Author Note: Thank you sooo much to each and every one of you for every little moment of this fic. Your reactions, your responses, the comments, the favourites, the follows. Thank you all, so much. I like to try new things and experiment and not everyone likes that, but I am so grateful that you are all on board with the things I write. I've enjoyed this story so much, I don't know why but it felt quite different, in terms of the story, from anything else I've done before. I've laughed, I've cried, and I'm still laughing now. I hope you've enjoyed this journey and I hope to see you all for the next ones!

The smell of freshly baked bread was the first thing Jane registered as she walked into the house. After a busy morning in court, all she wanted to do was curl up in bed with Maura and put the world to rights. She walked into the kitchen, her hands tucked in her pockets.

"One of these days I'll be here to watch you make food that smells this good," Jane said, wrapping an arm around Maura's stomach and kissing her neck. "Until then I'll have to assume you're telling the truth."

"You think I'm lying?" Maura asked, spinning around in her arms. Jane placed her hands on the counter behind her, imprisoning her.

"Nah." Nibbling on her bottom lip, Jane leaned in close. "But I can't wait to make my own lunch."

"I was about to prepare lunch, but if you'd rather make your own, that's fine."

Smirking, Jane stared at her. "Seriously?"


"I didn't mean food, Maur."

"Oh." Maura pushed her hand from the counter and ran the faucet. "That will have to wait. Luke is trying on his new uniform."

"I think he's the only kid in the world who's excited about a new school uniform," Jane said, picking up one of the freshly baked buns on the counter and breaking it open. She ripped a piece off and tossed it into her mouth, and chewed. "I never got that."

"The excitement over school uniforms?"

"No, how private school kids whose parents have a heap of money get uniforms. But public school kids whose parents are flat broke have to wear five different outfits each week that are considered 'in' to avoid being bullied."

Maura shrugged. "It's a good job I made plenty of those, isn't it? How was the sentencing?"

"Sarah got thirty to life," she said, swallowing another piece of bread. "Kid's still in the foster system, but I heard the mayor's thinking of taking him in."

"It's the least he can do," Maura said, taking a knife and cutting into the buns. "Perhaps if he'd been more open to knowing his daughter, none of this would have happened."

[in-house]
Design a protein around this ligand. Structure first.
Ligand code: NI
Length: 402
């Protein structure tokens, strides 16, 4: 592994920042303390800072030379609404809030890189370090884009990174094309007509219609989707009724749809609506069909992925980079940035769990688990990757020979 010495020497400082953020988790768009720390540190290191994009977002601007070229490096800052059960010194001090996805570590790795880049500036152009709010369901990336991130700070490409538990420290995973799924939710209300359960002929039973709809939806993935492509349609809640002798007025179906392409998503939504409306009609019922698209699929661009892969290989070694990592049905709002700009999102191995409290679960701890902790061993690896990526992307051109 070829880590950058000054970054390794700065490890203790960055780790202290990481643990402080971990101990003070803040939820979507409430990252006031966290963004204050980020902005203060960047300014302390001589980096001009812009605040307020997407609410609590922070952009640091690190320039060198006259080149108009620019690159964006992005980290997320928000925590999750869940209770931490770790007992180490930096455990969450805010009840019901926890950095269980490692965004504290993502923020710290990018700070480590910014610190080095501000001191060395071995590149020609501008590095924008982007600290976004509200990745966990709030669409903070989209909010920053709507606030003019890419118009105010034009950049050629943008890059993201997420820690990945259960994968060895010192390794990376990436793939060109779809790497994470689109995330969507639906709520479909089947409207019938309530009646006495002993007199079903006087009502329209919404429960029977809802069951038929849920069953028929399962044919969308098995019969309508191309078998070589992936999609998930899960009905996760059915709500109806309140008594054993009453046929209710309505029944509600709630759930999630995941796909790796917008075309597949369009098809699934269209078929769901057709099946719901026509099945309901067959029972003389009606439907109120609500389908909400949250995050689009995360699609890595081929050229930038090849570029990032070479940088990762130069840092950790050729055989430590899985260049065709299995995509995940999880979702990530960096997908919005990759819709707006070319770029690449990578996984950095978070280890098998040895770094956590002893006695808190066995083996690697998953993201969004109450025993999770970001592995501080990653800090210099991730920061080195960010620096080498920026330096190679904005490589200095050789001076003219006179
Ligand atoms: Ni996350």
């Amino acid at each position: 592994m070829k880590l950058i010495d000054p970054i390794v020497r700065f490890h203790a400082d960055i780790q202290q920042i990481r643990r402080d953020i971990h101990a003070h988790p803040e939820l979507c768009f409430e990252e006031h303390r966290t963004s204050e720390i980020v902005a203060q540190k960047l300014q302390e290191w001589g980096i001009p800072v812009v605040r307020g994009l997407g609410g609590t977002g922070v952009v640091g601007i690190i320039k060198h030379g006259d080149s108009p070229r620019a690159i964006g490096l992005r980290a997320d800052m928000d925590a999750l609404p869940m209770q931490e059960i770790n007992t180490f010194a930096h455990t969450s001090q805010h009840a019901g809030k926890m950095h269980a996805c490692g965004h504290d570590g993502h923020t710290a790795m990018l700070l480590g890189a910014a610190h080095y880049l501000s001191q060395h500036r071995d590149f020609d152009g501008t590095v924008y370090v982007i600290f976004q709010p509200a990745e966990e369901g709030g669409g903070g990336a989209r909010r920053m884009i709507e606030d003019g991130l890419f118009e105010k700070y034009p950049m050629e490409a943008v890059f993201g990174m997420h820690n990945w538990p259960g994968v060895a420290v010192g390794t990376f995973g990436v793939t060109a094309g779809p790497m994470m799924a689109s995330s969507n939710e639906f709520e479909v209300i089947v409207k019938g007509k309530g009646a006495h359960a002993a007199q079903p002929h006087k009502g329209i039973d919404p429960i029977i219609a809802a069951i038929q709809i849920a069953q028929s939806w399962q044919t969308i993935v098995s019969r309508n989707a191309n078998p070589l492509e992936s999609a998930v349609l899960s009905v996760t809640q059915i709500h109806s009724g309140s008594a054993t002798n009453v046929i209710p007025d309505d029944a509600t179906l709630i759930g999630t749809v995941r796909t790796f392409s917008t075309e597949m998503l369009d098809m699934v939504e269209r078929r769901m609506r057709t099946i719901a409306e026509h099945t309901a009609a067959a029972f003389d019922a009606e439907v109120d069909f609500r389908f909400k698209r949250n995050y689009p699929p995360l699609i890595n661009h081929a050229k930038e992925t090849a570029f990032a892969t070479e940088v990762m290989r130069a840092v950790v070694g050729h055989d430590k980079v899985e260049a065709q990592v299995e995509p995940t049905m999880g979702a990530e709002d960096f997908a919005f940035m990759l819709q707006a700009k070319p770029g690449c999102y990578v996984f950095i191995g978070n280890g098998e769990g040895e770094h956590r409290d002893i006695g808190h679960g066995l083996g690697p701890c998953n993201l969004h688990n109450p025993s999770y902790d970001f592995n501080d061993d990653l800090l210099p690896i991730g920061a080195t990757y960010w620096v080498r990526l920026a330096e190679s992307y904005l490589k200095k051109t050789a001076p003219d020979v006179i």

"Are you posthypothesising again?"

"Post hypothesising is not a thing, but yes, I am playing what if."

Shuffling his feet across the floor, Luke entered the kitchen. He kicked his legs forward and back a couple of times and tugged at the jacket of his uniform.

"I thought we got the shorter leg."

"I got the longer ones, with the expectation that you're likely to grow a few more inches," Maura said, taking out a packet of cooked chicken from the fridge. "Slice that."

Picking up a knife and chopping board from the side, Jane proceeded to cut the chicken into smaller pieces. "You look smart, Kid."

"I feel like I'm drowning."

"That usually happens with school uniforms," Maura said, wiping her hands on a towel. She walked over and ran her hands across the lapels of his jacket. "You look very smart. We'll get the trousers altered so that we take them down when you grow."

"Why can't I go to public school?"

"Because you need to be pushed academically, and this school, as you agreed, is your best choice."

"Meh," he said, shuffling across the room and sitting down on the couch. "No way!"

"What's the excitement for?" Jane asked.

Opening up a box on the coffee table, Luke shouted. "Dad sent my stuff!"

"He did?" Jane asked.

"Yes," Maura said. "We got the delivery just before you got home. This also means we need to discuss rules."


"About homework and games. The games console stays in the lounge room at all times, I'm not having you playing CARP until the early hours of the morning when you have school."

Leaning back, his hands on his stomach, Luke gasped. "CARP?"

"It's COD, Maura," Jane said, laughing. She tossed a piece of chicken into her mouth. "God, I'm starving."

"Can I play now?" Luke asked.

"This evening when we get home. Please go change out of your uniform and come back down to help prepare lunch."

Luke put the games back into the box. "Why are we going on a picnic?"

"Angela has very kindly organised a family day out to celebrate your coming to live with us."

"How is she family?" he asked.

"She's Jane's mother."

"I know that," he said, unbuttoning his jacket. "But you're not married to Jane, so how is she family?"

"Angela is a dear friend, and I consider her a surrogate parent. Family isn't always the people you are related to by blood."

"Suppose not."

"Now please," Maura said. "Go upstairs and change. We need our basket finished and to be in the car in fifteen minutes."

Luke turned tail and fled the room, his feet shuffled along the floor as he rushed upstairs. Jane placed the knife on the chopping board and picked up an onion. She sliced into it.

"No onion," Maura said.

"Why not? I like onion."

"I like onion too, but I want to enjoy the afternoon and not worry about the smell of onion on my breath."

Sighing, Jane pulled open a draw and put the half-cut onion into a plastic bag. She picked up a capsicum. "Can we have some of this?"



Pulling up in the parking lot of the park, Maura turned in her seat. She rested a hand on Luke's knee and smiled.

"I know you're not a big people person, but please try to make an effort. Everyone is here for you, okay?"

He shrugged. "I guess."

"We'll eat, talk, spend time with people who care about us, and then we can go home and you can play your games until bed. How does that sound?"